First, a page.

As that process has gone on, MoviePass has implemented - and sometimes subsequently removed - a number of policies in an attempt to cut its losses. MoviePass pays full price for each ticket a subscriber uses, meaning that after a subscriber sees a second movie in a month, the company is operating at a loss.
MoviePass was planning to raise the price of its monthly movie-going subscription from $9.95 to $14.95, but is walking that change back.
The company says this will allow it to create a "long-term and sustainable business model". The company brought in Netflix co-founder Mitch Lowe to run the service, and he promptly lowered the monthly subscription rate and increased the number of movies users could see.
For example, if a MoviePass user wants to see the "Aquaman" movie this winter they should be able to see it at MoviePass-compliant theaters on opening weekend, with none of the issues that plagued the service during the opening of the latest "Mission: Impossible" film. At $9.95 per month, MoviePass is significantly cheaper than a single movie ticket.
As part of its new model, MoviePass is doing away with a bunch of other changes, too. That change would also come with a limit on new releases, with a two week block on getting tickets to a freshly-screened movie.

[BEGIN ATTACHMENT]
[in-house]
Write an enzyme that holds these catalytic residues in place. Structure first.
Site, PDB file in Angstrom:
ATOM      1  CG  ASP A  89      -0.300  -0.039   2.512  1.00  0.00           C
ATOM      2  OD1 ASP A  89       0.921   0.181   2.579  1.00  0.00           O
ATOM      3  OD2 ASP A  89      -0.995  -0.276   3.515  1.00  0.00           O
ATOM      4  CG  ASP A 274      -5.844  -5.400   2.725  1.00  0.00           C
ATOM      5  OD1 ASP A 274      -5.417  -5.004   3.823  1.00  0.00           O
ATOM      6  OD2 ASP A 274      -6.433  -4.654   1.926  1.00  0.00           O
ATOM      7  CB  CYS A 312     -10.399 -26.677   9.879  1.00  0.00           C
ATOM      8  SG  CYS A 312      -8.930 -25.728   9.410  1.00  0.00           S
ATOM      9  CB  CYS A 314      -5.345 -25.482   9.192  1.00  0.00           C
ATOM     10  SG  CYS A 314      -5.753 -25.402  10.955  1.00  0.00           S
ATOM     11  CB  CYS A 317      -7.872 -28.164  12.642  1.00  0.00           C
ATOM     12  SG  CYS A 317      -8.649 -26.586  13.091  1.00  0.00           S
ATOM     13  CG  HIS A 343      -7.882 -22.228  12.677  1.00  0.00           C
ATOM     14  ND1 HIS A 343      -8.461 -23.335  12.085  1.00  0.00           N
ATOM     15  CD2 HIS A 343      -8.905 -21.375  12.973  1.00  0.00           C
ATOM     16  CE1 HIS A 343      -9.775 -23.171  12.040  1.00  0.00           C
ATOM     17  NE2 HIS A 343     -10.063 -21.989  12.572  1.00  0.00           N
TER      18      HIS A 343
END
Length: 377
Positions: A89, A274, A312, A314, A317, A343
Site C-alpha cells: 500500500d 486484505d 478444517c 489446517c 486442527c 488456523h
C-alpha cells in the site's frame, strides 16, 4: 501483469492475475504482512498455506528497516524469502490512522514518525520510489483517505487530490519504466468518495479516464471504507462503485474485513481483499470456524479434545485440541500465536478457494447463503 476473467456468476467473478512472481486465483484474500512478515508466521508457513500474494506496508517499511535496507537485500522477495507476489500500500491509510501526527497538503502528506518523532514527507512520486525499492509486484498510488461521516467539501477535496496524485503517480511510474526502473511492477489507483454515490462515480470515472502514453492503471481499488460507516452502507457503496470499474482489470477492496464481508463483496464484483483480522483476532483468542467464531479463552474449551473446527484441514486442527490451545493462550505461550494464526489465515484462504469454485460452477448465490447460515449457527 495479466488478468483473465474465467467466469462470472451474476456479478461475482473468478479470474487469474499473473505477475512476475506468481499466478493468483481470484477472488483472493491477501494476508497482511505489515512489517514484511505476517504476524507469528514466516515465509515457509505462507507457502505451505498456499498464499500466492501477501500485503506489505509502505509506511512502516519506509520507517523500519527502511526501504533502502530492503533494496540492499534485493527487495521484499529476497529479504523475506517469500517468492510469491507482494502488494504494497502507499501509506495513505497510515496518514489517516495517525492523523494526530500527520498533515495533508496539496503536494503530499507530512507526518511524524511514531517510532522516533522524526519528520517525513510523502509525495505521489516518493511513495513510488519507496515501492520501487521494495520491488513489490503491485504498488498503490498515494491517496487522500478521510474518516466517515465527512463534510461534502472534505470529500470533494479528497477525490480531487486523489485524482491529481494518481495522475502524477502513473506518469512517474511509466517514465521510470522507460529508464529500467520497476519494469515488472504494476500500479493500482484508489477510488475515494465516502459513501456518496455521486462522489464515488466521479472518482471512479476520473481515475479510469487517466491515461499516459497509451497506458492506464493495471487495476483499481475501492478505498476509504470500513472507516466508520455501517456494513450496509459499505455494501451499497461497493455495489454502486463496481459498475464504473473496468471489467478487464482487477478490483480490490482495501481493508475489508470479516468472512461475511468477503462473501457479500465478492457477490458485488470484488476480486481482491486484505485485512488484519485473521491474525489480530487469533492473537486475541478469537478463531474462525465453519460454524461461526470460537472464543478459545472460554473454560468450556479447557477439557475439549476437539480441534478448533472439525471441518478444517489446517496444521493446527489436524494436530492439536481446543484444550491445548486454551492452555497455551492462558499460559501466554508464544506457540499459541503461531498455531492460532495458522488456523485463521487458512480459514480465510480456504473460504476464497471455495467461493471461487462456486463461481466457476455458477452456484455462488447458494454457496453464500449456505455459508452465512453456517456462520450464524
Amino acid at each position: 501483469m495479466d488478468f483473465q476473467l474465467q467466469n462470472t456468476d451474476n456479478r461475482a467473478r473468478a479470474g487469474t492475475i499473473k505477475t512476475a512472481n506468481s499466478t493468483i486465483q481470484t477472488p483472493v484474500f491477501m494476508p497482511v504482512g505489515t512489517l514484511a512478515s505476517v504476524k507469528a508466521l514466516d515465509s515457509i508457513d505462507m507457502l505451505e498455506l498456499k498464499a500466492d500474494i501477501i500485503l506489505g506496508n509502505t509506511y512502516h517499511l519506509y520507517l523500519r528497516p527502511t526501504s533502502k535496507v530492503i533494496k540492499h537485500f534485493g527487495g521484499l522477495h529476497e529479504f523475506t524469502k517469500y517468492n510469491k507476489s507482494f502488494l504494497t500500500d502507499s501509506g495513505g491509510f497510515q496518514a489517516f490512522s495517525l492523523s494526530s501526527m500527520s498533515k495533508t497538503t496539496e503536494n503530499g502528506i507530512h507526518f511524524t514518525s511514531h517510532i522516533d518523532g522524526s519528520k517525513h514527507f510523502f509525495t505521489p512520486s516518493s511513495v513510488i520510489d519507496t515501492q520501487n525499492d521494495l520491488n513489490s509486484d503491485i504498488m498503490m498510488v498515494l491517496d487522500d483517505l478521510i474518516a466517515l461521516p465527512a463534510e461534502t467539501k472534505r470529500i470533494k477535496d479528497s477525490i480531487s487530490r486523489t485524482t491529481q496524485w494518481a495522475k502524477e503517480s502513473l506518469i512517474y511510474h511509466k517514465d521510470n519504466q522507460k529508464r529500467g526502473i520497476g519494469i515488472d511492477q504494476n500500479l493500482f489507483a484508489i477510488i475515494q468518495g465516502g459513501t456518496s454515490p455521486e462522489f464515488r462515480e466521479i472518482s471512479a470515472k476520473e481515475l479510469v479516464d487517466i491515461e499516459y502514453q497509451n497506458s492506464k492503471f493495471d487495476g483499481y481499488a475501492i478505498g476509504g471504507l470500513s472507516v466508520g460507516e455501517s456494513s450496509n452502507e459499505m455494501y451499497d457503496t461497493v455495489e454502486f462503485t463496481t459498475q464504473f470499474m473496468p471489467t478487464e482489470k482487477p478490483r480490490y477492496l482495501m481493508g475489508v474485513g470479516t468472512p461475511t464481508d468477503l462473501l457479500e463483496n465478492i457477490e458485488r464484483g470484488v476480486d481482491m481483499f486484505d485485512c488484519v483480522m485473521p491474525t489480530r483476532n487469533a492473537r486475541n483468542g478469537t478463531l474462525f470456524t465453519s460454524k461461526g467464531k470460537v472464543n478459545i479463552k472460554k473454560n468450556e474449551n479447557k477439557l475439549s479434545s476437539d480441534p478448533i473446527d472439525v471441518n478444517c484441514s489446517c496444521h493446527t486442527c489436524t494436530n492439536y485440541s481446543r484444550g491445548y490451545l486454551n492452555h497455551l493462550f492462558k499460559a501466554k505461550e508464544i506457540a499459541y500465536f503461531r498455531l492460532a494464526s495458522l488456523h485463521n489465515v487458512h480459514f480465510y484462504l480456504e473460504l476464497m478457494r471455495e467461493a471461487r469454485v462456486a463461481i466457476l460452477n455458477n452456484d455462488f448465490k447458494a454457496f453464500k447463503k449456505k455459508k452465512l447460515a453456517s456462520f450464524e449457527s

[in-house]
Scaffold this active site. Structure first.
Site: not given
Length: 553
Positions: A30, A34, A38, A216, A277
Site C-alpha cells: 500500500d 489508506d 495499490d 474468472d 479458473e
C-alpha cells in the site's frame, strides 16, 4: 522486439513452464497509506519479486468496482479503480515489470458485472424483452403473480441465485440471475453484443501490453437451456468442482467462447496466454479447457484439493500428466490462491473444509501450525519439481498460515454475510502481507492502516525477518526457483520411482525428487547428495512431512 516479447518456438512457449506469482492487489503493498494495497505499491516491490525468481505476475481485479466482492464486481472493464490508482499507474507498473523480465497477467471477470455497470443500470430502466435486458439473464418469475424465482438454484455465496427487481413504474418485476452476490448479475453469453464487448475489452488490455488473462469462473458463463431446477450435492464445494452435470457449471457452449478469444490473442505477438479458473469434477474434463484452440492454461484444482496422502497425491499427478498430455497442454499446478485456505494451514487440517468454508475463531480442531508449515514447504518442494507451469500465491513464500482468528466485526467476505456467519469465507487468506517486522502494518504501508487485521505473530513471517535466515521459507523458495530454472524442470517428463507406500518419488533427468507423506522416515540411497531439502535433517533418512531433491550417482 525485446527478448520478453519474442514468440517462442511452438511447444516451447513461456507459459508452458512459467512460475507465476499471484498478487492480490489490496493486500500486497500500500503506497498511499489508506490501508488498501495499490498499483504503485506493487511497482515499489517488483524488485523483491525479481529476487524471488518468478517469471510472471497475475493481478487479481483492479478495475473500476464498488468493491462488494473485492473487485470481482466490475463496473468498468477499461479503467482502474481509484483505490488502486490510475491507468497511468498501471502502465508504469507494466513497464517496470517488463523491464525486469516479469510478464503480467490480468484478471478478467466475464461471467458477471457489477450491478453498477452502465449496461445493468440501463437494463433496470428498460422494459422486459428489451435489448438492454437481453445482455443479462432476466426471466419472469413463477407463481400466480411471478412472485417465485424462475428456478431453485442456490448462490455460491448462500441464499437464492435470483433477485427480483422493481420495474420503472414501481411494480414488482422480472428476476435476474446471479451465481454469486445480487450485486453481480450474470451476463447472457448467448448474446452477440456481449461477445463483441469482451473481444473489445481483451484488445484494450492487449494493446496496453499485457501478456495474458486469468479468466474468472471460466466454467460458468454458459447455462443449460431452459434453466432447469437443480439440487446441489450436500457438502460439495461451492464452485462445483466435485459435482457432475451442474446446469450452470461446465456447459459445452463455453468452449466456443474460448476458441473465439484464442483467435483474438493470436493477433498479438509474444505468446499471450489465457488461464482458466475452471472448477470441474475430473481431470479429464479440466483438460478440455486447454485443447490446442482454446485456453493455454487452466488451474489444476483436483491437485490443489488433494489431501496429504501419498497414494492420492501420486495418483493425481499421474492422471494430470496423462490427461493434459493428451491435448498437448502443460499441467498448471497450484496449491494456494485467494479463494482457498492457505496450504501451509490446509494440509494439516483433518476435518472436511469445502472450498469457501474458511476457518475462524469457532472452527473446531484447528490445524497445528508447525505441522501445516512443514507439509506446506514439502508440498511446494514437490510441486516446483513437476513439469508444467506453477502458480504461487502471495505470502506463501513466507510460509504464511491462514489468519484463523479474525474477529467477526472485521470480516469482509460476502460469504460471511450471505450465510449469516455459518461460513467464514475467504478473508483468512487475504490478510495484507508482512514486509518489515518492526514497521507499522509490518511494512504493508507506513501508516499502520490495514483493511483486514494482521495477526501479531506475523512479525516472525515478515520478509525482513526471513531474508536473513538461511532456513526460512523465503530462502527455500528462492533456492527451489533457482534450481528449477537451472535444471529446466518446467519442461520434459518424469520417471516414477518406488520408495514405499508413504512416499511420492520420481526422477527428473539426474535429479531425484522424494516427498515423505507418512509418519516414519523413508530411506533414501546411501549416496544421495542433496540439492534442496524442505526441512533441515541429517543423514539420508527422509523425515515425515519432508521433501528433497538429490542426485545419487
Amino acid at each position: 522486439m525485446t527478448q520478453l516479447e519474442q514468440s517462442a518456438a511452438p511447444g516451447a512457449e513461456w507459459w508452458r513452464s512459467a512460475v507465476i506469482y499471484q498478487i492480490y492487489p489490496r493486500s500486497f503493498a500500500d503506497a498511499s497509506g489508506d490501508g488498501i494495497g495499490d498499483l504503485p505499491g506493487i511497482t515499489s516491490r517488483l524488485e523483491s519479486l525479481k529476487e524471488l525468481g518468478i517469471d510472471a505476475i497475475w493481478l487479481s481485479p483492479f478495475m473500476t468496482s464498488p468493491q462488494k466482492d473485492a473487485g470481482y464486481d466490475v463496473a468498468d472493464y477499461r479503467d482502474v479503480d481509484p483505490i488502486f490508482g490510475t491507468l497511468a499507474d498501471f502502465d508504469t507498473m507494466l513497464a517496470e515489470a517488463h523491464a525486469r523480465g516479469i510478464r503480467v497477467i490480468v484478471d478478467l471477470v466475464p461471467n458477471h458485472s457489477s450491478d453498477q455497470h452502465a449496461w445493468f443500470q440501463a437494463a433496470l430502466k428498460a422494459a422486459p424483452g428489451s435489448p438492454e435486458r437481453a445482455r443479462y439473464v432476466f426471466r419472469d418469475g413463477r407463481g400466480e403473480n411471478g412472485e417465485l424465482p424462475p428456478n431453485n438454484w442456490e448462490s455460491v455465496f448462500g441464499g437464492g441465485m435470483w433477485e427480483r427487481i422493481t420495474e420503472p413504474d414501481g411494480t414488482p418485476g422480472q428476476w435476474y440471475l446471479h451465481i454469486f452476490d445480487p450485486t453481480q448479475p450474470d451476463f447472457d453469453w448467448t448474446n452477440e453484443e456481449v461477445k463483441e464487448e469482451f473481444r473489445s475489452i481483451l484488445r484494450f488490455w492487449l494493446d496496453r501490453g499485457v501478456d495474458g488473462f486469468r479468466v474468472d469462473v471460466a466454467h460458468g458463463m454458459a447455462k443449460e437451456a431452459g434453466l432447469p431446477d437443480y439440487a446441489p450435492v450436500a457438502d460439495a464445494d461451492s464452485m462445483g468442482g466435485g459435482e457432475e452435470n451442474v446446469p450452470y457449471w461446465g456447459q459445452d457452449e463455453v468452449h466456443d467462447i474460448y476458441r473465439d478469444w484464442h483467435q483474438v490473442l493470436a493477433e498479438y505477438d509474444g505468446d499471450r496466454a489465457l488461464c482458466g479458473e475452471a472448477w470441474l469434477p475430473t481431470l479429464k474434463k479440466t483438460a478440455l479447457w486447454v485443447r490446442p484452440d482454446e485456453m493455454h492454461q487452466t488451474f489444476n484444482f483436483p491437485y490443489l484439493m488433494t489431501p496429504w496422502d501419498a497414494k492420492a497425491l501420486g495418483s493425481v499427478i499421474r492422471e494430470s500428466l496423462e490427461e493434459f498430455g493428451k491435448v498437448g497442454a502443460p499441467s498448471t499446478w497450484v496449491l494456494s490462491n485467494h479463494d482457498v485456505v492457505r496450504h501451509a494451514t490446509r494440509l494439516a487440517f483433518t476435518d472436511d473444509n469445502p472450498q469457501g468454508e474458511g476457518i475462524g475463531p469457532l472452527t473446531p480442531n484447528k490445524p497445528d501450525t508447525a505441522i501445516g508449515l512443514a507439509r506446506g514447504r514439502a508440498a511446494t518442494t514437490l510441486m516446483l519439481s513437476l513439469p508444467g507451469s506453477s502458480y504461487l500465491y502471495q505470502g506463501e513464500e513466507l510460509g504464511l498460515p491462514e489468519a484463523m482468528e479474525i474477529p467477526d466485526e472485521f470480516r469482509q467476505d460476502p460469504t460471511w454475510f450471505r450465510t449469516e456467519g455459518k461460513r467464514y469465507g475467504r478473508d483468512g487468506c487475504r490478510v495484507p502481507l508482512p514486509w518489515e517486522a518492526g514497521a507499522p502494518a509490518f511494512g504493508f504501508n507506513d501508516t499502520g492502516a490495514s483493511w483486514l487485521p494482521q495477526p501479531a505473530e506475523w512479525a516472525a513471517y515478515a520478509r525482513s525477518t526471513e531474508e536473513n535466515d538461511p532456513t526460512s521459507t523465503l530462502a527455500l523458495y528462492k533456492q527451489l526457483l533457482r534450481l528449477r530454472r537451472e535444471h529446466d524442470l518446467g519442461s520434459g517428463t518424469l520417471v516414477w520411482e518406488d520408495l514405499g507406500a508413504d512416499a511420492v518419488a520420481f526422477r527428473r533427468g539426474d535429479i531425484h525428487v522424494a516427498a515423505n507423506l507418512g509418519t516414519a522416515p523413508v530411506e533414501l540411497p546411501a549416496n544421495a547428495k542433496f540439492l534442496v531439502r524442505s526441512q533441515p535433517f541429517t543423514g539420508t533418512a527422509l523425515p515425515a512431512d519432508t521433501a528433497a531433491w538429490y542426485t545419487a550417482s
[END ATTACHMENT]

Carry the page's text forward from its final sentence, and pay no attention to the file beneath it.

MoviePass is changing up its subscription plan once again. Those with a monthly subscription can sign up for the new plan starting on August 15th, once their current membership expires. The new plan "will include many major studio first-run films".
MoviePass made headlines last month when the app suffered an outage because its parent company couldn't afford to pay for customers' tickets. And it will no longer enforce ticket verification, which required users to take a picture of their ticket stub and submit it to the company as a way to stop abuse of the service. The stock rose 3 cents to 10 cents per share in early trading Monday, soaring over 45 percent on the new plan news.